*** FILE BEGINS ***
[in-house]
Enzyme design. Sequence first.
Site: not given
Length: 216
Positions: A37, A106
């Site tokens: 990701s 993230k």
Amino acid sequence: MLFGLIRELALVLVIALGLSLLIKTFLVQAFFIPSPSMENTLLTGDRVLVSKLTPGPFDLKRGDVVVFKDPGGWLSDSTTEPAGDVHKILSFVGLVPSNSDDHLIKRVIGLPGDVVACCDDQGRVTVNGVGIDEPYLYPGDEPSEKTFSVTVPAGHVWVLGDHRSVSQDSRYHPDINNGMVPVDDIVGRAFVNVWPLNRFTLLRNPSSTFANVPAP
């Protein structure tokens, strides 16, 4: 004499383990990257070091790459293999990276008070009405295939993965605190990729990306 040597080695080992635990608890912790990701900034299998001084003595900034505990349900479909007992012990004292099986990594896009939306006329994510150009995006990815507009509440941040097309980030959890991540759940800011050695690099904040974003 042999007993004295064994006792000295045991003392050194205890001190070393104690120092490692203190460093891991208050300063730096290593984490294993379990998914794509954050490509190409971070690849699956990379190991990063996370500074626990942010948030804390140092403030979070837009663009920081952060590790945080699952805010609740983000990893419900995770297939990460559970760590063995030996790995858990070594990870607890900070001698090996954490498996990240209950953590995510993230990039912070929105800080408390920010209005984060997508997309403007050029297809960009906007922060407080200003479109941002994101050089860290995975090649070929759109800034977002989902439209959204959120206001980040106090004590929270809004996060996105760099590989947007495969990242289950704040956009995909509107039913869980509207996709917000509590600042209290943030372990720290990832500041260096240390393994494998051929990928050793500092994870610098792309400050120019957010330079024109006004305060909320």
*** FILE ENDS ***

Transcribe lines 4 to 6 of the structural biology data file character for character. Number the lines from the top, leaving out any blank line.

Length: 216
Positions: A37, A106
């Site tokens: 990701s 993230k």